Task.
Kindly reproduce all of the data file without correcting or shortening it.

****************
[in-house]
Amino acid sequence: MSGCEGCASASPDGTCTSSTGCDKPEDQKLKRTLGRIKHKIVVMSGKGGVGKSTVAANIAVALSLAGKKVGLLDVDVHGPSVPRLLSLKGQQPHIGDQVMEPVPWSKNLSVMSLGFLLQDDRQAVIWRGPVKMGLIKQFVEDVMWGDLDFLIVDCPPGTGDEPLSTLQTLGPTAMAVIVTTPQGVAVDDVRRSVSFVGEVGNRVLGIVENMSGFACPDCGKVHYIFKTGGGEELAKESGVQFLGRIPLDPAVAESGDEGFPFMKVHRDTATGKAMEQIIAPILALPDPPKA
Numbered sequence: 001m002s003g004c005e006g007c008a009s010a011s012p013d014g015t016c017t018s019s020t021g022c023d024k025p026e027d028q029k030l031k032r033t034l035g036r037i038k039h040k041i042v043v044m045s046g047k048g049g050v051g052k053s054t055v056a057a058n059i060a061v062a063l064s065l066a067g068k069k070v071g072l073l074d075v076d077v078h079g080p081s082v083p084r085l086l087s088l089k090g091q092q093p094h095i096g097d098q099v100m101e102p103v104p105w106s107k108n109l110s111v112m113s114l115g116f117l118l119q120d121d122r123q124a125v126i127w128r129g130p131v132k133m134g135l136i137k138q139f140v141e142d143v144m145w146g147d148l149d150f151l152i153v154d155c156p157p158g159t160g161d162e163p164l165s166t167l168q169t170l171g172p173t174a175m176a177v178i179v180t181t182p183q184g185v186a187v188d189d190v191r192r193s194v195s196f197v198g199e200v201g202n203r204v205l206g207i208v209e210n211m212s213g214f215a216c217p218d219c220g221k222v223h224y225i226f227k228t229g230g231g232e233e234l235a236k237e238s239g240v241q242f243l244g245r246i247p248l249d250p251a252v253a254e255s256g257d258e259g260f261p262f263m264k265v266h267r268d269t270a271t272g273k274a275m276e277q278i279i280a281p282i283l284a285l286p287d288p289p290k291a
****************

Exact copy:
[in-house]
Amino acid sequence: MSGCEGCASASPDGTCTSSTGCDKPEDQKLKRTLGRIKHKIVVMSGKGGVGKSTVAANIAVALSLAGKKVGLLDVDVHGPSVPRLLSLKGQQPHIGDQVMEPVPWSKNLSVMSLGFLLQDDRQAVIWRGPVKMGLIKQFVEDVMWGDLDFLIVDCPPGTGDEPLSTLQTLGPTAMAVIVTTPQGVAVDDVRRSVSFVGEVGNRVLGIVENMSGFACPDCGKVHYIFKTGGGEELAKESGVQFLGRIPLDPAVAESGDEGFPFMKVHRDTATGKAMEQIIAPILALPDPPKA
Numbered sequence: 001m002s003g004c005e006g007c008a009s010a011s012p013d014g015t016c017t018s019s020t021g022c023d024k025p026e027d028q029k030l031k032r033t034l035g036r037i038k039h040k041i042v043v044m045s046g047k048g049g050v051g052k053s054t055v056a057a058n059i060a061v062a063l064s065l066a067g068k069k070v071g072l073l074d075v076d077v078h079g080p081s082v083p084r085l086l087s088l089k090g091q092q093p094h095i096g097d098q099v100m101e102p103v104p105w106s107k108n109l110s111v112m113s114l115g116f117l118l119q120d121d122r123q124a125v126i127w128r129g130p131v132k133m134g135l136i137k138q139f140v141e142d143v144m145w146g147d148l149d150f151l152i153v154d155c156p157p158g159t160g161d162e163p164l165s166t167l168q169t170l171g172p173t174a175m176a177v178i179v180t181t182p183q184g185v186a187v188d189d190v191r192r193s194v195s196f197v198g199e200v201g202n203r204v205l206g207i208v209e210n211m212s213g214f215a216c217p218d219c220g221k222v223h224y225i226f227k228t229g230g231g232e233e234l235a236k237e238s239g240v241q242f243l244g245r246i247p248l249d250p251a252v253a254e255s256g257d258e259g260f261p262f263m264k265v266h267r268d269t270a271t272g273k274a275m276e277q278i279i280a281p282i283l284a285l286p287d288p289p290k291a